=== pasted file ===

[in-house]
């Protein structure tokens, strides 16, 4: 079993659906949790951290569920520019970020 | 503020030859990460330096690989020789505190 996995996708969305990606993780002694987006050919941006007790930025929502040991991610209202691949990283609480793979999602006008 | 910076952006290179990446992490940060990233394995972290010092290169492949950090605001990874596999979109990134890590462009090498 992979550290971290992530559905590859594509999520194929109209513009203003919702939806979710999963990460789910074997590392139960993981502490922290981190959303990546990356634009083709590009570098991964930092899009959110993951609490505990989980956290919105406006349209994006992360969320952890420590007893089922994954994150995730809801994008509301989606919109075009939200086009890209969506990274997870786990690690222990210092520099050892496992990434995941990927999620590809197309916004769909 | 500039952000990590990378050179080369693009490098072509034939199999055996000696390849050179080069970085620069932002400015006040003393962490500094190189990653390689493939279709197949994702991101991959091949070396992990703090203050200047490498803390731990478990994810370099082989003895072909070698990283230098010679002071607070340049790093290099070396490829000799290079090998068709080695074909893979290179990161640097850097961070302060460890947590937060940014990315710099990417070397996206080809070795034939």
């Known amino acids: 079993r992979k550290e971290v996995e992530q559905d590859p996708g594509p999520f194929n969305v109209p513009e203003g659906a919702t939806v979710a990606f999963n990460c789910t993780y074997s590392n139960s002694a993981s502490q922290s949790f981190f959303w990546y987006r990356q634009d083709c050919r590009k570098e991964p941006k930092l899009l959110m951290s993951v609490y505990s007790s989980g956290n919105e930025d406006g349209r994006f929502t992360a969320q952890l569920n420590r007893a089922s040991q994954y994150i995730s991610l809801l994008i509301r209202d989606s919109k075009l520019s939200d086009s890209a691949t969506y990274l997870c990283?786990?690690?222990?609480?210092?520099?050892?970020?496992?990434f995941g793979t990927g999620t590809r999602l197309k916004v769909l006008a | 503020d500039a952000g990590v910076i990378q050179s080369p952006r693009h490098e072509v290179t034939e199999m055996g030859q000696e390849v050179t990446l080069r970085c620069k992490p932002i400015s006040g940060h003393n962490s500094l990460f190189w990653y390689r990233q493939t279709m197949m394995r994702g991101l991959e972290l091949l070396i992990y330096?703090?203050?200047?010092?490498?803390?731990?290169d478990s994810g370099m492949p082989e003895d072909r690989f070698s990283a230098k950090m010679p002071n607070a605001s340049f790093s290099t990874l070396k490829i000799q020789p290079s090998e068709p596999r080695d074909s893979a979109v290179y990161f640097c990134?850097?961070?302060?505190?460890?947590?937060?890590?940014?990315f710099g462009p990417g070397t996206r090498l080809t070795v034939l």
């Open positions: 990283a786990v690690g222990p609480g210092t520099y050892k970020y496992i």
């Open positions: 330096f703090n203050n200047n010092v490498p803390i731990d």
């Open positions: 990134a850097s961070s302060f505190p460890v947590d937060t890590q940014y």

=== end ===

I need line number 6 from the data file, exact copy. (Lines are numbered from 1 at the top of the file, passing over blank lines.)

């Open positions: 990134a850097s961070s302060f505190p460890v947590d937060t890590q940014y």